“Bite-Size Bits of Local, National, and Global History”
“Bite-Size Bits of Local, National, and Global History”
Cincinnati in Hamilton County, Ohio — The American Midwest (Great Lakes)

Gaines High School / Peter H. Clark

Gaines High School Marker (Side A) image. Click for full size.
By William Fischer, Jr., October 31, 2009
1. Gaines High School Marker (Side A)
Side A: Gaines High School
In 1866, Gaines High School (grades 7-12), one of the first high schools for African Americans in Ohio, opened just west of this site in the same building as the Western District Elementary School, completed in 1859 and enlarged in 1866 and 1868. The school was named for John I. Gaines, whose leadership was responsible for securing passage of the Ohio law authorizing public schools for African Americans. Gaines was clerk and chief administrator of the African American school board when he died in 1859 at age 38. Gaines High School's Normal Department trained almost all of the African American teachers for southwest Ohio; schools in other states hired many of the students before they had even completed their studies. From 1866-1886, Gaines High School and its principal Peter H. Clark were nationally recognized for their excellence.

Side B: Peter H. Clark
Peter H. Clark (1829-1925) was the first teacher hired to teach in a black public school in Cincinnati when the Ohio Legislature authorized public schools for African Americans in 1849. He went on to become principal of the Western District Colored School and then principal of Gaines High School in 1866. Clark was one of Ohio's most prominent activists in the African American struggle for full citizenship rights. In 1883,
Peter H. Clark Marker (Side B) image. Click for full size.
By William Fischer, Jr., October 31, 2009
2. Peter H. Clark Marker (Side B)
he helped elect a Democrat governor who demanded and secured repeal of some of Ohio's notorious "black codes," fulfilling promises ignored by both parties for 15 years. On June 7, 1886, the newly elected Cincinnati Board of Education fired Clark on political grounds. William Parham, a graduate of the University of Cincinnati Law School, who practiced law and served in the Ohio Legislature after Gaines High School closed in 1890, succeeded him.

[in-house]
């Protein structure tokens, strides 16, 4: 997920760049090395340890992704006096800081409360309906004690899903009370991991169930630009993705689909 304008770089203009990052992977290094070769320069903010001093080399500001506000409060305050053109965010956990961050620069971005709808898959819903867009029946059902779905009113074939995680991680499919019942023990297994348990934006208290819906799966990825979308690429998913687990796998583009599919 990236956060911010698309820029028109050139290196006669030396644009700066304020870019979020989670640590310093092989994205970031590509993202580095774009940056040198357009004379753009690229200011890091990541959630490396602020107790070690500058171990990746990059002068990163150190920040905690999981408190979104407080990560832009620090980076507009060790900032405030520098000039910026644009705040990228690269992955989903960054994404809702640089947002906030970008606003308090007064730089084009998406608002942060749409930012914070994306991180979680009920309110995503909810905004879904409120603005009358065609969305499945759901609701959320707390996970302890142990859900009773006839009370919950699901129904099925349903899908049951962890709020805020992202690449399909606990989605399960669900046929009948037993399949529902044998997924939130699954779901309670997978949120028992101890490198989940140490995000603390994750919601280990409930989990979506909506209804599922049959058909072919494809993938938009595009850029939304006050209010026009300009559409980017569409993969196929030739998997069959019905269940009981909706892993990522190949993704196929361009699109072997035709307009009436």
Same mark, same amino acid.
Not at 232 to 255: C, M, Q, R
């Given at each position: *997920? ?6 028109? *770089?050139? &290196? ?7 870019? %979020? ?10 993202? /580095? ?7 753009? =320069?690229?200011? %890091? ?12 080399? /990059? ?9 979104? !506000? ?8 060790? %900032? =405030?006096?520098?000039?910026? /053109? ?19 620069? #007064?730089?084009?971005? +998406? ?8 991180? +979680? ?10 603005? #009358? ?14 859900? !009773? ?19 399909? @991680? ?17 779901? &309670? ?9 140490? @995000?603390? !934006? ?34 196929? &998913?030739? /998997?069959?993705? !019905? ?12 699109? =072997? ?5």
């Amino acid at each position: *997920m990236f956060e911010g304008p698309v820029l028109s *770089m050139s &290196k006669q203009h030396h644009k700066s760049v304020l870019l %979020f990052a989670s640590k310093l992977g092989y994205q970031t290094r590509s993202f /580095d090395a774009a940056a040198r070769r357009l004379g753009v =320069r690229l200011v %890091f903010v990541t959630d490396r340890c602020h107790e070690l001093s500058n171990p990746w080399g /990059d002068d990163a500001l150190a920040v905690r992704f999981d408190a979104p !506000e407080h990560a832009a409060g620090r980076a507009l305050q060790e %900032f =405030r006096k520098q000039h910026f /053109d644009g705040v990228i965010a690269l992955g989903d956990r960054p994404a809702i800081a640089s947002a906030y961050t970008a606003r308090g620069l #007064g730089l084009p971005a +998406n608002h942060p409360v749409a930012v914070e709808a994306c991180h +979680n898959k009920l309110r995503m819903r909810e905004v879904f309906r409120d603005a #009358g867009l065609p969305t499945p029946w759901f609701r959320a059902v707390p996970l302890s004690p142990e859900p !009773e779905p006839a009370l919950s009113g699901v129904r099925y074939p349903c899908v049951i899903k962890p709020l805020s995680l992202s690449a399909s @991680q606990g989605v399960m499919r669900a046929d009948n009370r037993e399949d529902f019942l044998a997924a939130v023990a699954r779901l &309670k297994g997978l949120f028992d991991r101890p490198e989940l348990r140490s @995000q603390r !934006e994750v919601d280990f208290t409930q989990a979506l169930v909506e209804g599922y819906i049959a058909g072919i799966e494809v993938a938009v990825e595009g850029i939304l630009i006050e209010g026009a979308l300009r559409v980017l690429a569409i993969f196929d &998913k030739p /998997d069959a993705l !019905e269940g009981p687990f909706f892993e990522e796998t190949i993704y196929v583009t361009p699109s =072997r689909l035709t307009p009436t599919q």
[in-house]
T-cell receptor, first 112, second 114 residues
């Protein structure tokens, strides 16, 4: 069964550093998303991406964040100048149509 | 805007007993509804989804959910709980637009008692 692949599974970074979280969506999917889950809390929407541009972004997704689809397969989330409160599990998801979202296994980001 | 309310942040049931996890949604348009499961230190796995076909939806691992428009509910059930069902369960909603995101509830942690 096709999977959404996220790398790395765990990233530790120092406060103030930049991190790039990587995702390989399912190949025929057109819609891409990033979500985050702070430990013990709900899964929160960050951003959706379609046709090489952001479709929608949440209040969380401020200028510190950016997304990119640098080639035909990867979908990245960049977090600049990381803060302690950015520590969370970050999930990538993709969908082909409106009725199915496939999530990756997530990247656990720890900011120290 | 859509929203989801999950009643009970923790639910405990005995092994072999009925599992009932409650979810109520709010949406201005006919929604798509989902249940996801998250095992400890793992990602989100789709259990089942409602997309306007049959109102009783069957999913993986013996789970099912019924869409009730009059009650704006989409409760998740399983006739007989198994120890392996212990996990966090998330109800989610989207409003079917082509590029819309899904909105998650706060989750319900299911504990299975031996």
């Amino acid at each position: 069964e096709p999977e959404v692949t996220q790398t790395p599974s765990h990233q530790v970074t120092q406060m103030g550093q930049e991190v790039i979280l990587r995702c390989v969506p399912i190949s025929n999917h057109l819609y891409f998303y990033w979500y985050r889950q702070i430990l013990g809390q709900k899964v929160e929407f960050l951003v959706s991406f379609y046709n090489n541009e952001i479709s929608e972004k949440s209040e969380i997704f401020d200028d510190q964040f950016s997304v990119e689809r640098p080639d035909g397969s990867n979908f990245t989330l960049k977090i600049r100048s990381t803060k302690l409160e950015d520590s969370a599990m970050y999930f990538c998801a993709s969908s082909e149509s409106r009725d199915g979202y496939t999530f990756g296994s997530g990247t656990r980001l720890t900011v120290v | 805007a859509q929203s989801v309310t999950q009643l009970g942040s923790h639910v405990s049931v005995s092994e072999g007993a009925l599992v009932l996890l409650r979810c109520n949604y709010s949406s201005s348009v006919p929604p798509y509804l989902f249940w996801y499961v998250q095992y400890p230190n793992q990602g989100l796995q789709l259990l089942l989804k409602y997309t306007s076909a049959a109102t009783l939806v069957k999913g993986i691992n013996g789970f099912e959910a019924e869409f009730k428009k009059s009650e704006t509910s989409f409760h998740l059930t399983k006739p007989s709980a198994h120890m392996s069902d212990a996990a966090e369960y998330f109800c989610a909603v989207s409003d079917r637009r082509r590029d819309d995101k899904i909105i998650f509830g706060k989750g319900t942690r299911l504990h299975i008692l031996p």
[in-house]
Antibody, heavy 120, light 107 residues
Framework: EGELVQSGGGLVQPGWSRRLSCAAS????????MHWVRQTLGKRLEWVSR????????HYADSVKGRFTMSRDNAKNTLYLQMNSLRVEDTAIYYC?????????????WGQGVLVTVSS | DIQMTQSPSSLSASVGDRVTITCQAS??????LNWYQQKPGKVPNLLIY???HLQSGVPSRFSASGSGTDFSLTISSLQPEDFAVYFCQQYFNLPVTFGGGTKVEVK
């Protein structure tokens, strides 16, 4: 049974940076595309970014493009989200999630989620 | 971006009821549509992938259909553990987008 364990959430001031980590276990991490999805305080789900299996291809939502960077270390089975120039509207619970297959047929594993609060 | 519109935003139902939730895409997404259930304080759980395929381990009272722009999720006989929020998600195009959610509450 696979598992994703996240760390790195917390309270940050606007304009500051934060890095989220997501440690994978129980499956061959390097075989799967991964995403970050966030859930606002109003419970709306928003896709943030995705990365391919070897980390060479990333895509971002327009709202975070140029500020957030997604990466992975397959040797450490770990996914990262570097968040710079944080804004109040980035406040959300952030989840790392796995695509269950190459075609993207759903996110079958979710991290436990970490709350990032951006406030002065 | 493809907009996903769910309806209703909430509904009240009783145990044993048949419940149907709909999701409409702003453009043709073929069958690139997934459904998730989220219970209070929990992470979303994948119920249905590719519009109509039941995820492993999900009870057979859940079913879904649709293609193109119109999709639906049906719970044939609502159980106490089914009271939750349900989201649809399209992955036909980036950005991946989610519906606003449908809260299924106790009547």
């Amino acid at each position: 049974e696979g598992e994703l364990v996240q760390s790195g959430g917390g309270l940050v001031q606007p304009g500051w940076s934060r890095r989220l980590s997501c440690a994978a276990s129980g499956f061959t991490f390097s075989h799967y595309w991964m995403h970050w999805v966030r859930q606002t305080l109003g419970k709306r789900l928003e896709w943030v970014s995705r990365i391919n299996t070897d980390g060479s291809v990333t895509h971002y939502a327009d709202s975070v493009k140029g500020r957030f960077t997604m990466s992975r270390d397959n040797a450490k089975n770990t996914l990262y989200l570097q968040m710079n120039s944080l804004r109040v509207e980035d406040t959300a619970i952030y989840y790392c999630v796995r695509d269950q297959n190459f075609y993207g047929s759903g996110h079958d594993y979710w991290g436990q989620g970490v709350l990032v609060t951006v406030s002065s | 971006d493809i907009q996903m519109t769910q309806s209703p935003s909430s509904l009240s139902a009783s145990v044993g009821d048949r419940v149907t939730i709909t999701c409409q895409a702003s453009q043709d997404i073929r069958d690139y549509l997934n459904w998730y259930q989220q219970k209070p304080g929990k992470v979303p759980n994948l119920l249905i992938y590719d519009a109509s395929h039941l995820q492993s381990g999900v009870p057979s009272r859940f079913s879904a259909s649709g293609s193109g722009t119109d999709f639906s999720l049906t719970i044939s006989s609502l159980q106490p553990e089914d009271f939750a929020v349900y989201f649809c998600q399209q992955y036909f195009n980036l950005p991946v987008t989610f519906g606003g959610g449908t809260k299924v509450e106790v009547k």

Erected 2005 by First Unitarian Church of Cincinnati and The Ohio Historical Society. (Marker Number 65-31.)
Marker series. This marker is included in the Ohio Historical Society / The Ohio History Connection marker series.
Location. 39° 6.324′ N, 84° 31.331′ W. Marker is in Cincinnati, Ohio, in Hamilton County. Marker is at the intersection of Court Street and John Street, on the right when traveling west on Court Street. Touch for map. Marker is in this post office area: Cincinnati OH 45203, United States of America.
Other nearby markers. At least 8 other markers are within walking distance of this marker. The Gamble House (approx. 0.2 miles away); The Betts House, 1804 (approx. 0.2 miles away); George Washington Williams (approx. 0.2 miles away); Rabbi Isaac Mayer Wise and the Plum Street Temple (approx. ¼ mile away); Laurel-Lincoln World War II Memorial (approx. 0.3 miles away); The Miami and Erie Canal (approx. 0.3 miles away); Wiltsee Undertaker (approx. 0.4 miles away); Fuldner Mortuary (approx. 0.4 miles away). Touch for a list and map of all markers in Cincinnati.
Categories. African AmericansCivil RightsEducationGovernmentHeroesNotable BuildingsNotable PersonsPolitics
Credits. This page was last revised on June 16, 2016. This page originally submitted on November 1, 2009, by William Fischer, Jr. of Scranton, Pennsylvania. This page has been viewed 1,543 times since then and 35 times this year. Photos:   1, 2. submitted on November 1, 2009, by William Fischer, Jr. of Scranton, Pennsylvania.
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